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Stuck in amid hell with you
The word ‘amid’ is scarcely used at all in spoken or written English. Why, then, is it so popular with journalists?
Amid, among, a muddle. Photograph: AFP/Getty Images
“Hi, Brian! Where’s Sophie?”
“Sophie and I have split up amid rumours of an affair.”
“Why are you talking like that?”
“This conversation comes amid revelations that I’ve landed a job as a subeditor.”
Obviously, the exchange above never took place, because no one talks like that. (If they did, you could be forgiven for putting your fist amid their face.) More to the point, no one writes like that; except, it would seem, people of news. Continue reading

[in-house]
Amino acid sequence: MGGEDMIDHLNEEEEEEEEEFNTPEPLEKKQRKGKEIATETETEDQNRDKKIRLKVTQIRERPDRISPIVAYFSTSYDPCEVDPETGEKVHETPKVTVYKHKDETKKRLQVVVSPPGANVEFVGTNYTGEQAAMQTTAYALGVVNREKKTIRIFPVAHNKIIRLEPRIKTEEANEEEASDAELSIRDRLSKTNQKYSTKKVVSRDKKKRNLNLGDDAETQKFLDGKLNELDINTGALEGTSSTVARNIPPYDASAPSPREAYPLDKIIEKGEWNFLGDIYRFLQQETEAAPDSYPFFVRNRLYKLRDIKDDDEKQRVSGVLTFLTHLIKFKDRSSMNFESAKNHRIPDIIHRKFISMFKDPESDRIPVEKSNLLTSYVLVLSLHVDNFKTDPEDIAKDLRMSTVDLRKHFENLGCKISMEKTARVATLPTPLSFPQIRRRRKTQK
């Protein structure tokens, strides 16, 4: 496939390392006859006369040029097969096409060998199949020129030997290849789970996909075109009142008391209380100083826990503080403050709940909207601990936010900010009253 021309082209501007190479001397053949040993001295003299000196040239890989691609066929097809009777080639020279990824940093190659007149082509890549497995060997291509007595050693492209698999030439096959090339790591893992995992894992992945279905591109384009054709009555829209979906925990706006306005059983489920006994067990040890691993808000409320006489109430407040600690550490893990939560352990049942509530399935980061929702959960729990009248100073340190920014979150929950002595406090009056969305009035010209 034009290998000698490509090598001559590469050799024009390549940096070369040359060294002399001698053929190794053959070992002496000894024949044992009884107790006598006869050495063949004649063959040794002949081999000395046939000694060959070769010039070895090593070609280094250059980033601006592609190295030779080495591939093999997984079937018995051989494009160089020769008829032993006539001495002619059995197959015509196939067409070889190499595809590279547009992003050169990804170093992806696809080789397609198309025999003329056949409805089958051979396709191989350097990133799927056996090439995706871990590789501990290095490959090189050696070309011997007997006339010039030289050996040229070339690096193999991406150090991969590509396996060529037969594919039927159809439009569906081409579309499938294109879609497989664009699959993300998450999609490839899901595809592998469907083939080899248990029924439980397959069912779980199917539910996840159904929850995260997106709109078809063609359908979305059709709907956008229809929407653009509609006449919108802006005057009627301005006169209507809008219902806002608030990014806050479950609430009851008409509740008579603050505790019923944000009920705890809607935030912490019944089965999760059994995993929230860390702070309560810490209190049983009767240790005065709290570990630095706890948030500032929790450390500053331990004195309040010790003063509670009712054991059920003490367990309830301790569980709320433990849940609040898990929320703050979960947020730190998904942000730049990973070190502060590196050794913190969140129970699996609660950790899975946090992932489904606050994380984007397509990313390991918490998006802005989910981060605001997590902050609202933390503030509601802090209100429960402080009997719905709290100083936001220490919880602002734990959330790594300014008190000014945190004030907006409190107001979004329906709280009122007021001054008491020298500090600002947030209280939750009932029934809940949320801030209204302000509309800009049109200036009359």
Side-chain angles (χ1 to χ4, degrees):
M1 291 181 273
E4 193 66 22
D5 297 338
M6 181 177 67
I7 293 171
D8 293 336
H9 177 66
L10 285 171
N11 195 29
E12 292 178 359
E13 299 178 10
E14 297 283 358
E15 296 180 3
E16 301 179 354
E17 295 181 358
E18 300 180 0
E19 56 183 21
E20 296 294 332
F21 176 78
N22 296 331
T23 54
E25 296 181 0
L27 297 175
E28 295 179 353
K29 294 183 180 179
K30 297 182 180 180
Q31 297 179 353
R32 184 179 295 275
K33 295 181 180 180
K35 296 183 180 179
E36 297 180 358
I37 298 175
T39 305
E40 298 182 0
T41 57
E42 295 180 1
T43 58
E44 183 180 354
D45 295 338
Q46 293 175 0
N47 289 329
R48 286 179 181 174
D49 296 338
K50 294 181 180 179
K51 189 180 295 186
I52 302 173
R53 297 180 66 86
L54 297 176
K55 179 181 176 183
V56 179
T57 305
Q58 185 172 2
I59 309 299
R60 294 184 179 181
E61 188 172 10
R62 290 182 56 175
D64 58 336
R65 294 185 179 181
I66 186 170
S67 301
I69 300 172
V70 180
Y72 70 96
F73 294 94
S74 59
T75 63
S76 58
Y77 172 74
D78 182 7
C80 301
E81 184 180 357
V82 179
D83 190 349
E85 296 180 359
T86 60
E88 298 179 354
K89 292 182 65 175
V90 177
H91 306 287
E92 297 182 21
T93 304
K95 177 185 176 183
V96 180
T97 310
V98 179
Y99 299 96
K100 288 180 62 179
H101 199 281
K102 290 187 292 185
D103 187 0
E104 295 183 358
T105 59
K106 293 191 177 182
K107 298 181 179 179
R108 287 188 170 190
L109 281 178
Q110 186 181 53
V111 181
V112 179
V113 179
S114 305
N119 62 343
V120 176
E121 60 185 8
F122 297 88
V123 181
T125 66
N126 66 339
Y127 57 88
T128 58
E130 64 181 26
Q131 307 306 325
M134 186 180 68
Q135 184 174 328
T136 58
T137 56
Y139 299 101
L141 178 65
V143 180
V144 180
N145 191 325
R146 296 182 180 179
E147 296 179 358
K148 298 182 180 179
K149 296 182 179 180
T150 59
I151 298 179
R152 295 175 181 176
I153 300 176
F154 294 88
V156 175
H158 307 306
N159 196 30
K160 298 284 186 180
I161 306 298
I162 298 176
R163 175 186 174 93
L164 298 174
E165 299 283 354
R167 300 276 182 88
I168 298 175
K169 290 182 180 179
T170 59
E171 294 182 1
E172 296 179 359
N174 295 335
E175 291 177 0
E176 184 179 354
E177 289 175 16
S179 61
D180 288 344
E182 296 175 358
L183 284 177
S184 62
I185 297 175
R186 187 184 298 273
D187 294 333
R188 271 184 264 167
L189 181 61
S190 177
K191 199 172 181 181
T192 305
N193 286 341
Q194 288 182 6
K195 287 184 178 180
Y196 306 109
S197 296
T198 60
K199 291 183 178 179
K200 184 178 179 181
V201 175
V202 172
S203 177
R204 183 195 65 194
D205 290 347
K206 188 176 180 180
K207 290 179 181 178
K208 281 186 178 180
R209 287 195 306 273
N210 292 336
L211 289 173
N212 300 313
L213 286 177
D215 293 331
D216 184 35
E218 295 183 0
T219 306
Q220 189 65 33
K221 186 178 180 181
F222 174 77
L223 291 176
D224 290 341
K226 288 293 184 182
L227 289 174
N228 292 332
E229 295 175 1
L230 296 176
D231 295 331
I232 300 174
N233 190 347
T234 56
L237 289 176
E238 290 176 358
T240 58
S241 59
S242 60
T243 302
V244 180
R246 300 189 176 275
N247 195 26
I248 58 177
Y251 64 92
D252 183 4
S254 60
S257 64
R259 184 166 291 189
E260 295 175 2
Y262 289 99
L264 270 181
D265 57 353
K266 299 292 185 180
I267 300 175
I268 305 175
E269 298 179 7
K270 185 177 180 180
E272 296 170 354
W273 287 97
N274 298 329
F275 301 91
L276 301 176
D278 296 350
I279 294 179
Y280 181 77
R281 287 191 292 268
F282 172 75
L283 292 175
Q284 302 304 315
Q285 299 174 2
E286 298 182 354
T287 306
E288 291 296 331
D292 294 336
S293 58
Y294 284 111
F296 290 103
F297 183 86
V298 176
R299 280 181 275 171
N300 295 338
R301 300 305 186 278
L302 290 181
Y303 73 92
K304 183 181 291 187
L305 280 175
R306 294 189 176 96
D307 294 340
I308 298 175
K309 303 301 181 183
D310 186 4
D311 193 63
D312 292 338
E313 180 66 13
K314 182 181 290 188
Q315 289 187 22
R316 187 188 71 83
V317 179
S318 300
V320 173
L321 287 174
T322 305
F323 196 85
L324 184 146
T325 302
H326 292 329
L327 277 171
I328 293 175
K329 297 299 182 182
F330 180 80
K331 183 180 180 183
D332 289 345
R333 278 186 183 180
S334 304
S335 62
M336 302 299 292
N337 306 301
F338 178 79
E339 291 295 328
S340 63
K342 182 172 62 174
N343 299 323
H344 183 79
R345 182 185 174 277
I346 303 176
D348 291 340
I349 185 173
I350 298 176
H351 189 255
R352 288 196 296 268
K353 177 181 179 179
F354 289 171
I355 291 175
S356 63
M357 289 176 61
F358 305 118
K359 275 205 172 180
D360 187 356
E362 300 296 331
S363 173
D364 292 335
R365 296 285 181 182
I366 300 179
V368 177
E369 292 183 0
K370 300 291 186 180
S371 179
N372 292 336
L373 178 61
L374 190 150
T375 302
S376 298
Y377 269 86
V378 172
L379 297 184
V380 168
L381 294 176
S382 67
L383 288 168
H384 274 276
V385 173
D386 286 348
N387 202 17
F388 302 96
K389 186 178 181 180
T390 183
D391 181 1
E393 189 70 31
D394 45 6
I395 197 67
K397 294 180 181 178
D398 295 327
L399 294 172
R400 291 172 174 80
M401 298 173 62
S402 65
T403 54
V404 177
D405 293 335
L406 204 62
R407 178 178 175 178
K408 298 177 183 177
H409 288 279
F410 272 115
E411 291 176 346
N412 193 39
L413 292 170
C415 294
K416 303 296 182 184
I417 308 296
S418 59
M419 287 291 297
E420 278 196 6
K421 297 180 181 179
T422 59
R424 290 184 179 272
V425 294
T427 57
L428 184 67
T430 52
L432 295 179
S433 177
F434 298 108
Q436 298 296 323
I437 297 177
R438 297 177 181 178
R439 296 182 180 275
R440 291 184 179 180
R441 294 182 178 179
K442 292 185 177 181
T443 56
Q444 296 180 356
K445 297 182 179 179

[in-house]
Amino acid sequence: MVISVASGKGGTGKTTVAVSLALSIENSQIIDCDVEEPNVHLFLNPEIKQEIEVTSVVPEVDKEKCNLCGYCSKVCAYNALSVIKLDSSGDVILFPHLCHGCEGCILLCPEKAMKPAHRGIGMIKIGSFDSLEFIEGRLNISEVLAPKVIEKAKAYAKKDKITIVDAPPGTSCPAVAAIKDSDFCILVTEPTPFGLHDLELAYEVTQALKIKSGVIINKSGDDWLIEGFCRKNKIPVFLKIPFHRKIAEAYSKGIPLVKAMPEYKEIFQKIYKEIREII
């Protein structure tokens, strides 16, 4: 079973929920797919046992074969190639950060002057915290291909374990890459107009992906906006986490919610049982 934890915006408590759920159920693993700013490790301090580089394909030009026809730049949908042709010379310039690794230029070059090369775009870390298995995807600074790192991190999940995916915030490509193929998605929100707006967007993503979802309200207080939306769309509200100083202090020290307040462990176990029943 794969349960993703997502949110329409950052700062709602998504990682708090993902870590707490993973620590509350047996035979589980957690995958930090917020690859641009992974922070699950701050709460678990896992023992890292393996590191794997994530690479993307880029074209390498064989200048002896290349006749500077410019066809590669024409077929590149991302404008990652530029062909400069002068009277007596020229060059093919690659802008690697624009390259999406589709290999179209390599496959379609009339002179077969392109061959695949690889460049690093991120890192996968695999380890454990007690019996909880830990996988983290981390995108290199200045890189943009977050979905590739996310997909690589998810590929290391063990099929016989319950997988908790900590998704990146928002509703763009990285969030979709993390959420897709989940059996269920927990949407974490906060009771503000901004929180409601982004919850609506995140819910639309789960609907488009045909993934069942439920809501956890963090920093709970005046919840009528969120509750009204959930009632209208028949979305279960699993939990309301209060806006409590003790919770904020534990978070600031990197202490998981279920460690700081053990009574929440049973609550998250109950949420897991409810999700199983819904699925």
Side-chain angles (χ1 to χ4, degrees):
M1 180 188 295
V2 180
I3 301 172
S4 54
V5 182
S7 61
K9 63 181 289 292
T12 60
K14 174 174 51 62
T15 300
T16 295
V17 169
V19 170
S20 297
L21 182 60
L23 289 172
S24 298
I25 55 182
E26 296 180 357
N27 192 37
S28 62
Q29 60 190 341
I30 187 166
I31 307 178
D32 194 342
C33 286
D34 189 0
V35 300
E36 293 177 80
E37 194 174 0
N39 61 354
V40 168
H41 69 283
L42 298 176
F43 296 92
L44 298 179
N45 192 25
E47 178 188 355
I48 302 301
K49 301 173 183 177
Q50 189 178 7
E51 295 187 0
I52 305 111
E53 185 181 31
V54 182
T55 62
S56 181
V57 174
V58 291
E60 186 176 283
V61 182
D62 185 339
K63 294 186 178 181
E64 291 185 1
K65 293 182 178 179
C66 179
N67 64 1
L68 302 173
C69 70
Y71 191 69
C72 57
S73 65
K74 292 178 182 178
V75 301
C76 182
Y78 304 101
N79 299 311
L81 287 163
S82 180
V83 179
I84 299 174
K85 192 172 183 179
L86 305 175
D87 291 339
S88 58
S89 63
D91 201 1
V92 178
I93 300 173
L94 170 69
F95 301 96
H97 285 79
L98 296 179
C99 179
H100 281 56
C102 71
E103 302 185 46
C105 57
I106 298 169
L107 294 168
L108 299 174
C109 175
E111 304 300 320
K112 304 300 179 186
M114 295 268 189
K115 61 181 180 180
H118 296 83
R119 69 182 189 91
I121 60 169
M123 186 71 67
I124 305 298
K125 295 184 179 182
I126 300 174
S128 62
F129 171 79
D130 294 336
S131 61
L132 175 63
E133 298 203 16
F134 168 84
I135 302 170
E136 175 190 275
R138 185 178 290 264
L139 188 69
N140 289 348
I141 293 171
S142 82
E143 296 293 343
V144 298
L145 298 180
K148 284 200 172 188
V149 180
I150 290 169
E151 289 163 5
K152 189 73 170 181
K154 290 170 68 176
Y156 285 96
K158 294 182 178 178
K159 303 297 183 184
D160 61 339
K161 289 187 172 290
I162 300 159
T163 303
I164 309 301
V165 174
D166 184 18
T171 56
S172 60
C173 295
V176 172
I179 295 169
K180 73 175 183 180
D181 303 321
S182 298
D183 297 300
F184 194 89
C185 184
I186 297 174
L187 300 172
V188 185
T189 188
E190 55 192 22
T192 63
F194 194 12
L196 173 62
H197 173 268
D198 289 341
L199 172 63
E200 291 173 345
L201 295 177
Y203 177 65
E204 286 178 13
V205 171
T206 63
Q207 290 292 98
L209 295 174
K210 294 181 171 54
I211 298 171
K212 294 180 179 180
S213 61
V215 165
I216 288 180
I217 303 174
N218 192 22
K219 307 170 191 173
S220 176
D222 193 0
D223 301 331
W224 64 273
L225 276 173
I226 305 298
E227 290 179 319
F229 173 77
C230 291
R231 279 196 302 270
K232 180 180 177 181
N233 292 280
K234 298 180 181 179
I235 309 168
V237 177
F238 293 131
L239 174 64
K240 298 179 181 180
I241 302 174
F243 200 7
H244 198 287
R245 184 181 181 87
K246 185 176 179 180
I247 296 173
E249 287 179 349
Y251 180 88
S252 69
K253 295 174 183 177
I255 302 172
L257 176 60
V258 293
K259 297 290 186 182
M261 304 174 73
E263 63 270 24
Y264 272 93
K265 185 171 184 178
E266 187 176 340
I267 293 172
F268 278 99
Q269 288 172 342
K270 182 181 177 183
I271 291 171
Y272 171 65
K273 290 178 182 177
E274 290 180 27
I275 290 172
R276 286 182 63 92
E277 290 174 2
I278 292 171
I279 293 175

Moving forward. Stop moving forward. Full stop.
Date: October 16, 2013
The meaningless phrase ‘going forward’ makes my blood boil. Get rid of it.
”… there are lessons here for me to learn going forward, and I certainly look forward to working with Anthony Albanese to understand some of those lessons.”
Bill Shorten, October 13 Continue reading
Aged 17, I heard a confession that I found exhilarating. Mr Downs, my English teacher, confessed that he’d read the dictionary. Cover to cover.
A man with a big diction will often impress. But he doesn’t impress everyone. Some – such as George Orwell – argue that it’s not the length of the words that count, but how you use them. “Never use a long word where a short one will do” and “never use a foreign phrase, a scientific word, or a jargon word if you can think of an everyday English equivalent”, he advised in his 1946 essay Politics and the English Language – the journalist’s unofficial bible.